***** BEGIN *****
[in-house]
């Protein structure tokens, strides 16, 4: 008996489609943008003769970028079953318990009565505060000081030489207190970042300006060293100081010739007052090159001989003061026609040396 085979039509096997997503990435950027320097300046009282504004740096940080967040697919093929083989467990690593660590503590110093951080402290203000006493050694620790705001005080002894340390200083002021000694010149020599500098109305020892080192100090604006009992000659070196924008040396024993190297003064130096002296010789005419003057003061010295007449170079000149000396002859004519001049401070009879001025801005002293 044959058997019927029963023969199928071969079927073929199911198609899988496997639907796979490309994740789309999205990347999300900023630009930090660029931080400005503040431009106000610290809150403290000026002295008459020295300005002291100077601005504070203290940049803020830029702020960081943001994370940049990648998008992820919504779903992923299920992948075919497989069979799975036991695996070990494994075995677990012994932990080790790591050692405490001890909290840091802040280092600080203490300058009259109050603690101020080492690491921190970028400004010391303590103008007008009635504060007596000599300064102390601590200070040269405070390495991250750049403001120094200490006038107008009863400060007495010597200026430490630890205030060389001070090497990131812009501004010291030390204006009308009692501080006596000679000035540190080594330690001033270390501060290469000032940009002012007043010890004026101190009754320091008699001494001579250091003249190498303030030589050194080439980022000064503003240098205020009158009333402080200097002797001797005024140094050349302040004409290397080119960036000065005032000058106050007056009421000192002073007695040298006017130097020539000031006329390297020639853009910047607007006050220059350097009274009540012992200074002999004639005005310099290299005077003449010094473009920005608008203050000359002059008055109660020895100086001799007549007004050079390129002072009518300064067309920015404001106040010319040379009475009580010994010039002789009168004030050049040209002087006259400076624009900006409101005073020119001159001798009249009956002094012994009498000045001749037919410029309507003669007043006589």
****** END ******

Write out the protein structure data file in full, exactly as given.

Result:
[in-house]
């Protein structure tokens, strides 16, 4: 008996489609943008003769970028079953318990009565505060000081030489207190970042300006060293100081010739007052090159001989003061026609040396 085979039509096997997503990435950027320097300046009282504004740096940080967040697919093929083989467990690593660590503590110093951080402290203000006493050694620790705001005080002894340390200083002021000694010149020599500098109305020892080192100090604006009992000659070196924008040396024993190297003064130096002296010789005419003057003061010295007449170079000149000396002859004519001049401070009879001025801005002293 044959058997019927029963023969199928071969079927073929199911198609899988496997639907796979490309994740789309999205990347999300900023630009930090660029931080400005503040431009106000610290809150403290000026002295008459020295300005002291100077601005504070203290940049803020830029702020960081943001994370940049990648998008992820919504779903992923299920992948075919497989069979799975036991695996070990494994075995677990012994932990080790790591050692405490001890909290840091802040280092600080203490300058009259109050603690101020080492690491921190970028400004010391303590103008007008009635504060007596000599300064102390601590200070040269405070390495991250750049403001120094200490006038107008009863400060007495010597200026430490630890205030060389001070090497990131812009501004010291030390204006009308009692501080006596000679000035540190080594330690001033270390501060290469000032940009002012007043010890004026101190009754320091008699001494001579250091003249190498303030030589050194080439980022000064503003240098205020009158009333402080200097002797001797005024140094050349302040004409290397080119960036000065005032000058106050007056009421000192002073007695040298006017130097020539000031006329390297020639853009910047607007006050220059350097009274009540012992200074002999004639005005310099290299005077003449010094473009920005608008203050000359002059008055109660020895100086001799007549007004050079390129002072009518300064067309920015404001106040010319040379009475009580010994010039002789009168004030050049040209002087006259400076624009900006409101005073020119001159001798009249009956002094012994009498000045001749037919410029309507003669007043006589």